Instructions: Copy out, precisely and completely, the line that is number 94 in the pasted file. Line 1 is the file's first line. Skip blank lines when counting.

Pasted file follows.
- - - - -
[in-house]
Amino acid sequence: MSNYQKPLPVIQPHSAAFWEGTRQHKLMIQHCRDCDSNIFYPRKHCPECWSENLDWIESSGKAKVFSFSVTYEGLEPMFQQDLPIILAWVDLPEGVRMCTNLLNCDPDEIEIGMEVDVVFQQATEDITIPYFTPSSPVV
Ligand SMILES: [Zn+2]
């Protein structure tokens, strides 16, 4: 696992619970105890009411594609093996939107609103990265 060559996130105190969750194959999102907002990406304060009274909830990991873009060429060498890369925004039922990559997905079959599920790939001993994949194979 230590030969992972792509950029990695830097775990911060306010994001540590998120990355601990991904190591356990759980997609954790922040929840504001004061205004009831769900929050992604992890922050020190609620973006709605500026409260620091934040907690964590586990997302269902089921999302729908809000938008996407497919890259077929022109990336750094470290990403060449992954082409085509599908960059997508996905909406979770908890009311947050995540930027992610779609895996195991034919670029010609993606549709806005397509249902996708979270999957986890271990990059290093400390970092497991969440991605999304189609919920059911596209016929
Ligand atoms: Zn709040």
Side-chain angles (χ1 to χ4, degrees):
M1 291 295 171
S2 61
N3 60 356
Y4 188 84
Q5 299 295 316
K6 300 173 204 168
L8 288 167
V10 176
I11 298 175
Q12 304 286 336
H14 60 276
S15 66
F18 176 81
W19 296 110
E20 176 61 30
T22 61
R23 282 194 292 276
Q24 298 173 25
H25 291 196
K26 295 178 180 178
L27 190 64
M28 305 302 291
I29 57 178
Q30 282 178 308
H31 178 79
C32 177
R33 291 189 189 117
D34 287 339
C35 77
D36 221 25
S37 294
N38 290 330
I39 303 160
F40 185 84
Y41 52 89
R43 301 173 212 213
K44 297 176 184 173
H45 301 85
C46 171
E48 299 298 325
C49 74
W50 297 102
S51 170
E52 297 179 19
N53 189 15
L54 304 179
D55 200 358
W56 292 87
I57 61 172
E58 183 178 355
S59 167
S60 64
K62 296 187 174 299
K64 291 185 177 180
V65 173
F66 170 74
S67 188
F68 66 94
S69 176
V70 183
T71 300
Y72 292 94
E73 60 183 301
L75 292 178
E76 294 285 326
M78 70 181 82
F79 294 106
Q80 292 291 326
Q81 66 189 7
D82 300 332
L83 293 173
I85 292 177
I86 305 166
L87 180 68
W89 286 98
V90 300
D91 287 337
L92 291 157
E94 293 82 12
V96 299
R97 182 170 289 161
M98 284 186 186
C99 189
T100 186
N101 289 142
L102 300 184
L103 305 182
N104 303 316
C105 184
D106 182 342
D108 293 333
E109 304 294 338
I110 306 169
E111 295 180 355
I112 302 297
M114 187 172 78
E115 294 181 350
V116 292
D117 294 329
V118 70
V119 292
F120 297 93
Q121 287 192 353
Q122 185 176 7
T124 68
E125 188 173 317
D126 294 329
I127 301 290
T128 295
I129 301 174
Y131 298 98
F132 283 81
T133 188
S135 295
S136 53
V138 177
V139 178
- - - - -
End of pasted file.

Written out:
N104 303 316